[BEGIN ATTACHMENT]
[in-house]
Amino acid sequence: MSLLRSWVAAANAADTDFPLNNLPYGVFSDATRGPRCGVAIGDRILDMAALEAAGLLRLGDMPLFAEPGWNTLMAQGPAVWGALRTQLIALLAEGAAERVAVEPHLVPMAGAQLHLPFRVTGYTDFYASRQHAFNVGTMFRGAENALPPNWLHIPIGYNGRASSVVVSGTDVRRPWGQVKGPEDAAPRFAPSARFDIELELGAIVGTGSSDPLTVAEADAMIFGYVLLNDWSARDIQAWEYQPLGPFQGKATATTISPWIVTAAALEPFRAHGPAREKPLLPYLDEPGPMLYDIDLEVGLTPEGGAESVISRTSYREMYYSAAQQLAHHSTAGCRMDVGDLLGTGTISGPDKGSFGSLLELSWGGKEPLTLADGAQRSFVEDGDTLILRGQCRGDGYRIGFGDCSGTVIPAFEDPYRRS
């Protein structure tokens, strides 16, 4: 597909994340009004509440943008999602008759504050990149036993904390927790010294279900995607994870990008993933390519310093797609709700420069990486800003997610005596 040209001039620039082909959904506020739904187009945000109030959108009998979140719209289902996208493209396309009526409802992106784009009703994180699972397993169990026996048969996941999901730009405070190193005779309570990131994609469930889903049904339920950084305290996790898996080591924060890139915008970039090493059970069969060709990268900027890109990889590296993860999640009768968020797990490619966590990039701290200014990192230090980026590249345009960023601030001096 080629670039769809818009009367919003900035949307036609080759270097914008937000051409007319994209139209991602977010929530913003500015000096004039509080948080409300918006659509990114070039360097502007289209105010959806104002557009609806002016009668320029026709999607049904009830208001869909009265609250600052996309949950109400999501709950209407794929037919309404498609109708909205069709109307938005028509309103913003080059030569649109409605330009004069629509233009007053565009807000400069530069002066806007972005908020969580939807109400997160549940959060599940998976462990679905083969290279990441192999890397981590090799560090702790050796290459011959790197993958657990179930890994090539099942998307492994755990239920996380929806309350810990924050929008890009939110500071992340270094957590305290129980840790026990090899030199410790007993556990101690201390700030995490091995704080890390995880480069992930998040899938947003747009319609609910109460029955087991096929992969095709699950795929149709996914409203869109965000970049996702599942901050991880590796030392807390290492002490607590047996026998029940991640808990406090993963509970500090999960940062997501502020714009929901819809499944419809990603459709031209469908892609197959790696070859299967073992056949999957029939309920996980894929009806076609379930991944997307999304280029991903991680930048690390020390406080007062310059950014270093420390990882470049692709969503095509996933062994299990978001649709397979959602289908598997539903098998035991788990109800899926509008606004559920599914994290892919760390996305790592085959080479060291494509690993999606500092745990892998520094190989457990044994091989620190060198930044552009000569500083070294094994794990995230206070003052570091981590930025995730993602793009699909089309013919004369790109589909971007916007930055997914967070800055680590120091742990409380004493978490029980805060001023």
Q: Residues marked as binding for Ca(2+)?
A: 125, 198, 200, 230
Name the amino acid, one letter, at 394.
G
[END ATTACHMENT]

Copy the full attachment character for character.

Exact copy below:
[in-house]
Amino acid sequence: MSLLRSWVAAANAADTDFPLNNLPYGVFSDATRGPRCGVAIGDRILDMAALEAAGLLRLGDMPLFAEPGWNTLMAQGPAVWGALRTQLIALLAEGAAERVAVEPHLVPMAGAQLHLPFRVTGYTDFYASRQHAFNVGTMFRGAENALPPNWLHIPIGYNGRASSVVVSGTDVRRPWGQVKGPEDAAPRFAPSARFDIELELGAIVGTGSSDPLTVAEADAMIFGYVLLNDWSARDIQAWEYQPLGPFQGKATATTISPWIVTAAALEPFRAHGPAREKPLLPYLDEPGPMLYDIDLEVGLTPEGGAESVISRTSYREMYYSAAQQLAHHSTAGCRMDVGDLLGTGTISGPDKGSFGSLLELSWGGKEPLTLADGAQRSFVEDGDTLILRGQCRGDGYRIGFGDCSGTVIPAFEDPYRRS
């Protein structure tokens, strides 16, 4: 597909994340009004509440943008999602008759504050990149036993904390927790010294279900995607994870990008993933390519310093797609709700420069990486800003997610005596 040209001039620039082909959904506020739904187009945000109030959108009998979140719209289902996208493209396309009526409802992106784009009703994180699972397993169990026996048969996941999901730009405070190193005779309570990131994609469930889903049904339920950084305290996790898996080591924060890139915008970039090493059970069969060709990268900027890109990889590296993860999640009768968020797990490619966590990039701290200014990192230090980026590249345009960023601030001096 080629670039769809818009009367919003900035949307036609080759270097914008937000051409007319994209139209991602977010929530913003500015000096004039509080948080409300918006659509990114070039360097502007289209105010959806104002557009609806002016009668320029026709999607049904009830208001869909009265609250600052996309949950109400999501709950209407794929037919309404498609109708909205069709109307938005028509309103913003080059030569649109409605330009004069629509233009007053565009807000400069530069002066806007972005908020969580939807109400997160549940959060599940998976462990679905083969290279990441192999890397981590090799560090702790050796290459011959790197993958657990179930890994090539099942998307492994755990239920996380929806309350810990924050929008890009939110500071992340270094957590305290129980840790026990090899030199410790007993556990101690201390700030995490091995704080890390995880480069992930998040899938947003747009319609609910109460029955087991096929992969095709699950795929149709996914409203869109965000970049996702599942901050991880590796030392807390290492002490607590047996026998029940991640808990406090993963509970500090999960940062997501502020714009929901819809499944419809990603459709031209469908892609197959790696070859299967073992056949999957029939309920996980894929009806076609379930991944997307999304280029991903991680930048690390020390406080007062310059950014270093420390990882470049692709969503095509996933062994299990978001649709397979959602289908598997539903098998035991788990109800899926509008606004559920599914994290892919760390996305790592085959080479060291494509690993999606500092745990892998520094190989457990044994091989620190060198930044552009000569500083070294094994794990995230206070003052570091981590930025995730993602793009699909089309013919004369790109589909971007916007930055997914967070800055680590120091742990409380004493978490029980805060001023």
Q: Residues marked as binding for Ca(2+)?
A: 125, 198, 200, 230
Name the amino acid, one letter, at 394.
G